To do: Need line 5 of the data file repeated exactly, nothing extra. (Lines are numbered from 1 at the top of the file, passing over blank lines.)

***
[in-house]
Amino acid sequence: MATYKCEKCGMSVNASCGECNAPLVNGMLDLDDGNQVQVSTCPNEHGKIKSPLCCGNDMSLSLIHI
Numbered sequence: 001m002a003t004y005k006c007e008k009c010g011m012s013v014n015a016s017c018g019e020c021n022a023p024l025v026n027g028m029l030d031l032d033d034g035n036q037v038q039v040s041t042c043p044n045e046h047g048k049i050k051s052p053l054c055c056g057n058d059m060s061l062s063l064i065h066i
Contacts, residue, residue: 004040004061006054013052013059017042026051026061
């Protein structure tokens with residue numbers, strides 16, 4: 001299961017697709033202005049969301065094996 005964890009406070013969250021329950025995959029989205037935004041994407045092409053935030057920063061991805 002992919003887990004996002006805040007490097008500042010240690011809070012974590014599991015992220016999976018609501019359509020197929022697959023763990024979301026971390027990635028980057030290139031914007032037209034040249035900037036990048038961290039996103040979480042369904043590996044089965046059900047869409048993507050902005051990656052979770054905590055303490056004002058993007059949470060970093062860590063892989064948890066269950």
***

């Protein structure tokens with residue numbers, strides 16, 4: 001299961017697709033202005049969301065094996 005964890009406070013969250021329950025995959029989205037935004041994407045092409053935030057920063061991805 002992919003887990004996002006805040007490097008500042010240690011809070012974590014599991015992220016999976018609501019359509020197929022697959023763990024979301026971390027990635028980057030290139031914007032037209034040249035900037036990048038961290039996103040979480042369904043590996044089965046059900047869409048993507050902005051990656052979770054905590055303490056004002058993007059949470060970093062860590063892989064948890066269950």